Several International prizes for design and technical contents have been awarded to Zefira. Dubois Naval Architects’ studio is proud of the recognitions bestowed since this is the largest sailing yacht project without a “fly” they’ve ever made so far and also for the passion and creativity expressed time and time again by the owners who incidentally had been the previous owners of another Dubois  project built by Alloy Yachts: Kokomo of London (now Nubero Blau).
The challenge taken on by the studio was one that meant blending the huge experience acquired by the owners to innovative aesthetics, with a hull capable of delivering the sea-keeping qualities and performance requested.

The owners wished for a boat that could be another home from home: spacious, with a project design that looked ahead into the future. For this reason the design team was invited by the owners to pay them a visit and to take a look at their house to better understand what they wanted.

The choice of the yard was principally dictated by delivery times even if Fitzroy Yachts had been chosen also in function of preceding work carried out from Dubois projects.

Among some of the clever solutions highlighted by the owners in the course of our conversation we wish to mention the ease in steering they experienced and handling the yacht, of course aided by electronics and important data communication systems capable of monitoring and performing many of the required manoeuvres without hindering visibility.

The rig which is capable of carrying up to 3,000 square metres of canvass is per se a very interesting technical achievement inasmuch as it sports a 63.50 metre mast and can still be defined as being “light”. Obviously there’s a carbon fibre mast and boom, as well as fibre stays that have been purposely chosen to reduce weight high above the waterline which translates into less draught and better performance in breezes.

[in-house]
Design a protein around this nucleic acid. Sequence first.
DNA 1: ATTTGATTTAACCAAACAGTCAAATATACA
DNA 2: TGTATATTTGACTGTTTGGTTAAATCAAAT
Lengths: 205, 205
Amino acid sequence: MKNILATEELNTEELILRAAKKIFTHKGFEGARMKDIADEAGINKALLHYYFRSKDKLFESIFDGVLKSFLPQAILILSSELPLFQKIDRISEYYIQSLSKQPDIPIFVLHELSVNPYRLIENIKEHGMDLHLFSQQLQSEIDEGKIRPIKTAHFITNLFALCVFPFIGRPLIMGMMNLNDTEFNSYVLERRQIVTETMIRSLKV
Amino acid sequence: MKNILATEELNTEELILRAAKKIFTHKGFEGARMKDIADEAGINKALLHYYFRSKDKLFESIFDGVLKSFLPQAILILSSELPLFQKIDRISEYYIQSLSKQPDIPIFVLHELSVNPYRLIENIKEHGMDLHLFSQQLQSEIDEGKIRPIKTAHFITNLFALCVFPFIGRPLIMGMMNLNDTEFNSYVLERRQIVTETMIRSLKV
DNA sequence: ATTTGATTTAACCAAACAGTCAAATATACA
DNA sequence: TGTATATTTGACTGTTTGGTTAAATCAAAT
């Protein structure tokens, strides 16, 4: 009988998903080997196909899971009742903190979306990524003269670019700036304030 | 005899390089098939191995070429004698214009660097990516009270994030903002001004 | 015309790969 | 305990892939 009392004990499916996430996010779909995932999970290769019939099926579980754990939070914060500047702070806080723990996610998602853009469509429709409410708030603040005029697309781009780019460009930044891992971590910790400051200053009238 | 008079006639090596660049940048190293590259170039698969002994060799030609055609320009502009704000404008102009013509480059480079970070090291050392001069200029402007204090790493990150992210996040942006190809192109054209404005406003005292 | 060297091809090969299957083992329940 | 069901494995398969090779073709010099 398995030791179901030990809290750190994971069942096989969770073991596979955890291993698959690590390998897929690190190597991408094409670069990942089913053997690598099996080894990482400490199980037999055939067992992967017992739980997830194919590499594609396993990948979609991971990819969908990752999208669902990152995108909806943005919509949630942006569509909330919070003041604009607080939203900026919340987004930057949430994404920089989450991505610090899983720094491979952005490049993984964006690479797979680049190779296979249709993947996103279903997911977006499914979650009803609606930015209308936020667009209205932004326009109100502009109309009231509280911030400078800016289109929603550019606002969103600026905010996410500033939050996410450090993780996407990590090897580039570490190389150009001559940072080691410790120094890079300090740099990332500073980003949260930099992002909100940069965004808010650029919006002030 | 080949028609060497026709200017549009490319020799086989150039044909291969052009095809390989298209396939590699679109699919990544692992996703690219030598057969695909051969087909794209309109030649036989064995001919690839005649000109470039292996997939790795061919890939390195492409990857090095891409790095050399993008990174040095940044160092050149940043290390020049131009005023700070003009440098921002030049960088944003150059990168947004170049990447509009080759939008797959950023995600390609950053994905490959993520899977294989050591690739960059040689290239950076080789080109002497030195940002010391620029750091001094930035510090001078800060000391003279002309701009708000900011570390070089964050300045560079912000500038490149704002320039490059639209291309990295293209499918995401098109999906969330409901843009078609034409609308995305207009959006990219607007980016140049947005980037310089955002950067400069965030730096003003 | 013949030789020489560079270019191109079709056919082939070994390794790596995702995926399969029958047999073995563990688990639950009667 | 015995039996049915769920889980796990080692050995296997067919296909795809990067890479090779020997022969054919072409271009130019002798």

All of the choices adopted for Zefira mean she is very competitive on the race track even against racers and  in spite of the many commodities she carries with her.  As for the interiors and  much of the work put in by  Remi Tessier designer and the co-owner they enhanced an undoubted feeling of both tranquillity and elegance.

Gauged chromatic variety  meets the discerning eye as it takes in lighter and darker shades of handcrafted woodwork placed without ever causing excessive contrast, followed by polished steel elements and ad hoc lighting which enhances relaxation throughout every area. The space chosen to house each piece of furniture, is fruit of  careful study that has contributed into ensuring an uncompromised degree of comfort in the owners’ suite which is situated in the stern and in each of the three guest cabins as well.

One is a twin while the other two are double each one of them sports its own private bathroom. The crew quarters are situated in the bow area and with space for a lounge and crew mess room, which translates into staff’s quality living standards on board. The yacht’s convivial areas are also well distributed and large to ensure adequate privacy to guests and owners alike.

The electronics and navigation aids installed are the most modern on the market, with data and alarm control systems and displays in each of the two external command /control stations  as well as on the bridge deck as can be expected on a state of the art ship such as this. Dictated by reasons of space we have to limit our text to that which has so far been described even when the meeting with Zefira’s owners was so stimulating  we were prompted  to go further.

Since both of them  described Zefira as being a point of arrival but of departure too, we wish them to continue their research work in the yachting field and to offer us, who knows what other input and ideas in the future. For further information please contact: Angelo Colombo

For further information Ocean View Parade, Private Bag 2014; New Plymouth, New Zealand +647699380

LOA: 49.70 m – LWL: 44.56 m – Beam: 9.95 m – Draught: 4.90 m – light displacement: 322 t – engines: 1×1,400 HP Caterpillar C32 ACERT – top speed under power: 16 knots – under sail: 18 knots – fuel tank capacity: 35,000 litres – range at cruising speed: 3,800 nm – consumption at cruise speed: 110 litres/hr – class: Lloyds + 100 1 SSC Yacht Mono G6 MCA London LY2 – yacht in line with The International Convention for the prevention of pollution from ships (1973) and 1978 Protocol including all subsequent amendments (MARPOL).